Dry eye occurs when the eye does not produce adequate tears or when they are not of the correct consistency and evaporate too quickly.
Inflammation of the surface of the eye may occur along with dry eye and can lead to pain, ulcers, or scars on the cornea and some loss of vision if untreated. However, permanent loss of vision from dry eye is uncommon.
Dry eye can make it more difficult to perform certain activities, such as using a computer or reading for prolonged periods of time and it can decrease tolerance for dry environments, such as inside an airplane.
This is chronic inflammation of the eyelids resulting in crusting, redness and swelling. There is often a sensation of grittiness and discomfort. It is more common in young children, those with acne (pimples) and in those over 50 years of age. The exact cause of blepharitis is unknown but it is thought to be due to a reaction between the bacteria that live naturally on the skin and the oils produced by the lid glands.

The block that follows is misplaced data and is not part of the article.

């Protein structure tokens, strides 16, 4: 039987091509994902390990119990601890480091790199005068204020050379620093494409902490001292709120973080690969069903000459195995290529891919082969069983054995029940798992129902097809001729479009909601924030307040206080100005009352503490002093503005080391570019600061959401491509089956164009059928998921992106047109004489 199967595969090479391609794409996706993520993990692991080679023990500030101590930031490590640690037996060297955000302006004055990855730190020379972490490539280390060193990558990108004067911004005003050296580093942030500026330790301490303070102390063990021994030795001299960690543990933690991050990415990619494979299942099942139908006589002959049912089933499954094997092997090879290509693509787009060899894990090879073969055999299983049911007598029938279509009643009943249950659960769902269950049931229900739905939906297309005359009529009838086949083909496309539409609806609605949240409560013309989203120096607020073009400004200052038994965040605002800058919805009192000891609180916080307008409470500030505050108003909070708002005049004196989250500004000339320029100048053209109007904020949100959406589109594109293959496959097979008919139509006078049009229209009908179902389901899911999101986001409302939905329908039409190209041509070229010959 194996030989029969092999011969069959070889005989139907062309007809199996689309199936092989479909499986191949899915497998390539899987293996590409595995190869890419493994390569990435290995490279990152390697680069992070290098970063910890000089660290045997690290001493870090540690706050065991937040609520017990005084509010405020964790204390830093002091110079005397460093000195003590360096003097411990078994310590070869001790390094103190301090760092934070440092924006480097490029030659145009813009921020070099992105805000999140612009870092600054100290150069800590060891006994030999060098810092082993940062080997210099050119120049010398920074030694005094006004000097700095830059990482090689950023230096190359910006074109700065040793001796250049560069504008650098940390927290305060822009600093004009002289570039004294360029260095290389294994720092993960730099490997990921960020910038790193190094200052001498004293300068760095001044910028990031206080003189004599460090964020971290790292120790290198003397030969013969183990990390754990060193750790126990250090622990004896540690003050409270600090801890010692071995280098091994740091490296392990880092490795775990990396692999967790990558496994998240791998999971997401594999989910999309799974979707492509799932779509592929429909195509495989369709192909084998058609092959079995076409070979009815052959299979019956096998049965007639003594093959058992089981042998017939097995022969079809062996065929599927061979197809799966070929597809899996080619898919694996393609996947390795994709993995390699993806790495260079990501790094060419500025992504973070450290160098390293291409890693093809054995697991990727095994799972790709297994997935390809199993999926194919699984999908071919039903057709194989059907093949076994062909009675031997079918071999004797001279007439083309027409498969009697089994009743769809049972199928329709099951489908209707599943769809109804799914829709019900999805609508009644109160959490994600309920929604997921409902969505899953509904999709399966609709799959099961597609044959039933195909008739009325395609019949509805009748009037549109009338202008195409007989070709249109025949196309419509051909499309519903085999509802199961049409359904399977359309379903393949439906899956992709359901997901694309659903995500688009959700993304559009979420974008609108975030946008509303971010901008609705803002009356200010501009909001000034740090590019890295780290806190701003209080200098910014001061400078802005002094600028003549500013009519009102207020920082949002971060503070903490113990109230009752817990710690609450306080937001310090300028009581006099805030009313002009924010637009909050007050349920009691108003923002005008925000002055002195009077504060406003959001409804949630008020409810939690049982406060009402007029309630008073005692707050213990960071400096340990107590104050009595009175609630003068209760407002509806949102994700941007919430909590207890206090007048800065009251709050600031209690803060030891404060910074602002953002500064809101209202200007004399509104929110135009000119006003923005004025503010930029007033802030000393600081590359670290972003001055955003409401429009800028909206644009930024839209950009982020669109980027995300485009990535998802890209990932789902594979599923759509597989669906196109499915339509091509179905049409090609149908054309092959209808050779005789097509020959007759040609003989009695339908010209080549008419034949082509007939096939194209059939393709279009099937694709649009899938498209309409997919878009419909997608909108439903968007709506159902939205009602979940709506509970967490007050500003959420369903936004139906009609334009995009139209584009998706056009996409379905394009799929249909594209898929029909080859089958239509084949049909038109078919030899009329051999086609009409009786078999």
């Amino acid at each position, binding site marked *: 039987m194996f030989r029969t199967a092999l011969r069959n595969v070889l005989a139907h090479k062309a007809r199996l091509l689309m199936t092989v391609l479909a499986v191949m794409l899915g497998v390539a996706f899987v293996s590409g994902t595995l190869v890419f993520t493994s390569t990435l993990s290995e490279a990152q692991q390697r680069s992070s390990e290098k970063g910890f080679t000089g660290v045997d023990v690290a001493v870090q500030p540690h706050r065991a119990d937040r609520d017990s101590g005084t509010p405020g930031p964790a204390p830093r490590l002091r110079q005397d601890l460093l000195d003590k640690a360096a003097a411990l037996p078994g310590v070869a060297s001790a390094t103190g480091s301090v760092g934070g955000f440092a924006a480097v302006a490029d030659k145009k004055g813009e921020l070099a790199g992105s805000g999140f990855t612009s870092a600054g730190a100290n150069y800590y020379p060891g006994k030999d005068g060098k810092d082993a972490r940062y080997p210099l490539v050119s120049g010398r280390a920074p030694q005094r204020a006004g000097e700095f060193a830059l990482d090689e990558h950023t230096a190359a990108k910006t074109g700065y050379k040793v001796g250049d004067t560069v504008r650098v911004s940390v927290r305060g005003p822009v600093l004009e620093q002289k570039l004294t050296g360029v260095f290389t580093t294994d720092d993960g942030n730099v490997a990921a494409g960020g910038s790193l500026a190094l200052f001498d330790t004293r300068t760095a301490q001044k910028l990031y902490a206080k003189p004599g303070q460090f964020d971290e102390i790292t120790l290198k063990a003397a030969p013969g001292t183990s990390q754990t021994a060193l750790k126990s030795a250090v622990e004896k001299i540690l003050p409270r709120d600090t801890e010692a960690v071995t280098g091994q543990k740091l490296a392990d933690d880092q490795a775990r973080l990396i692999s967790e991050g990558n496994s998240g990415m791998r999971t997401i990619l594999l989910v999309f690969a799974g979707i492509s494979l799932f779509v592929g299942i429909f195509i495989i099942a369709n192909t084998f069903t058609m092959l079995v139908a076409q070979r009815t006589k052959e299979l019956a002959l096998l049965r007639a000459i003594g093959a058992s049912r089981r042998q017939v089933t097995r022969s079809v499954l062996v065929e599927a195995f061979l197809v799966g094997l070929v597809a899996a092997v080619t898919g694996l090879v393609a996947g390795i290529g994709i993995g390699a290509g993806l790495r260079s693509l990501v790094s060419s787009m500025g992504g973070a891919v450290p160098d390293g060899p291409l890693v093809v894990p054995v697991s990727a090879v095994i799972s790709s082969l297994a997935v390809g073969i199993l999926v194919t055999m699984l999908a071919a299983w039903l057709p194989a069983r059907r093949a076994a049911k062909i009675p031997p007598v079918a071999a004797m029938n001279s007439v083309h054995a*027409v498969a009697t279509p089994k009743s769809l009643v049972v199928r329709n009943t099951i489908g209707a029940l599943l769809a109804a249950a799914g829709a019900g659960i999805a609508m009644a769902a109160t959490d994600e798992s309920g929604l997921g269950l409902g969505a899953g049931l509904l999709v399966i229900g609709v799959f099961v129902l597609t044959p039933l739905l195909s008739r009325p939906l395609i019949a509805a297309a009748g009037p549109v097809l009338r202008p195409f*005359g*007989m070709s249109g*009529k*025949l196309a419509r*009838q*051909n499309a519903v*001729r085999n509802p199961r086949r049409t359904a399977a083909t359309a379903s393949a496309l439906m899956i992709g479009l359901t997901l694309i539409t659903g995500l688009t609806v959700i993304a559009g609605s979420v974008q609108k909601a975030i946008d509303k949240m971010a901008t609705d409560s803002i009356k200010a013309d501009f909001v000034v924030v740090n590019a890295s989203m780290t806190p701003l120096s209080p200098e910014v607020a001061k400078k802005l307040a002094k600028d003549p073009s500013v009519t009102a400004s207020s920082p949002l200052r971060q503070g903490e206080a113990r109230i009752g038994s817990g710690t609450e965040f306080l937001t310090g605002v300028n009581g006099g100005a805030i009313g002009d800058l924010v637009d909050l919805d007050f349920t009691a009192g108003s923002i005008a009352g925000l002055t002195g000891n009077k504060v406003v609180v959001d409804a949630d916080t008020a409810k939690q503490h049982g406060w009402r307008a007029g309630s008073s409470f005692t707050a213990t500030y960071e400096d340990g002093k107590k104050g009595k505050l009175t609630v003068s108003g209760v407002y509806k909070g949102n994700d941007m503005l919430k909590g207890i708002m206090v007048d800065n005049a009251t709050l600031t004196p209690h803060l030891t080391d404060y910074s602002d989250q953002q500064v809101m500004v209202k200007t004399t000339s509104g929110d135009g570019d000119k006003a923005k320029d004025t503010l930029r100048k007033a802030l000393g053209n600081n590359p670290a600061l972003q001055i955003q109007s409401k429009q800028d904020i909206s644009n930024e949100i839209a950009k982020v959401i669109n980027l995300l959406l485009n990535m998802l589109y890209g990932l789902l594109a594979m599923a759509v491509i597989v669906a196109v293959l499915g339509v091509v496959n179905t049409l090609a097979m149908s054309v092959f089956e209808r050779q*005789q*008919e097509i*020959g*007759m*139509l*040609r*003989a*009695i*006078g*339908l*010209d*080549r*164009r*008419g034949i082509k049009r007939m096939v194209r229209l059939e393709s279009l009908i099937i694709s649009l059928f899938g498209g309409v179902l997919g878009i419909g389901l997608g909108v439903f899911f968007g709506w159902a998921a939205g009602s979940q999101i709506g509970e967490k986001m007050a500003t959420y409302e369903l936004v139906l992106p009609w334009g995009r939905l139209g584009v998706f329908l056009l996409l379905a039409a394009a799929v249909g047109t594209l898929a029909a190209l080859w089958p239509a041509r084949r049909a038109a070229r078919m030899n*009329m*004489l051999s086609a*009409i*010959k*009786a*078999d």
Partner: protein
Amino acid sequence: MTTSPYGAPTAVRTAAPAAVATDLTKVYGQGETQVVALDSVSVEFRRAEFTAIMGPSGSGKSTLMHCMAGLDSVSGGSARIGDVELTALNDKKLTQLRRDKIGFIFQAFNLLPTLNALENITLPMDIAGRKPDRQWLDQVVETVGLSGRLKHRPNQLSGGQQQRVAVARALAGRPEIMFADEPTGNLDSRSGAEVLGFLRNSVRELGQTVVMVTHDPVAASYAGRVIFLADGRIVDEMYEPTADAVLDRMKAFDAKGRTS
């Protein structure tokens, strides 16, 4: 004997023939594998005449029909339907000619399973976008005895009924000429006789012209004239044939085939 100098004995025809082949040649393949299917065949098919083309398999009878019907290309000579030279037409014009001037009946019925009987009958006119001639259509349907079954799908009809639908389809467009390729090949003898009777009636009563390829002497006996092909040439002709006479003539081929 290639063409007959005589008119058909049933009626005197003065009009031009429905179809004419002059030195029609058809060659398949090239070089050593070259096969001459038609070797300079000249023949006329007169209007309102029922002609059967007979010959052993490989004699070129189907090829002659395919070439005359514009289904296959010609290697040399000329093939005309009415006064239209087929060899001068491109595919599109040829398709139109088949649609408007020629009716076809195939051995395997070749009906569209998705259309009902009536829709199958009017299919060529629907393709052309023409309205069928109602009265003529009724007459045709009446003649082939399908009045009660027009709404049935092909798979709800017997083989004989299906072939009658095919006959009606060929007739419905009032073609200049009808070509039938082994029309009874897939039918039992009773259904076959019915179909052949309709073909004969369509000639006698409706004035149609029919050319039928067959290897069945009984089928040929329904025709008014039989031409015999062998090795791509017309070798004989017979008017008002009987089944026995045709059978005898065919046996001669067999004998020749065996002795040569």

Many patients with blepharitis also have associated dry eyes. There is no cure for blepharitis and treatment consists of a daily eyelid-cleaning routine and artificial tear drops.
In some cases, treatment with antibiotic and steroid eye drops may be needed. Some patients also benefit from oral antibiotics which may be required for four to six weeks or longer in more severe cases.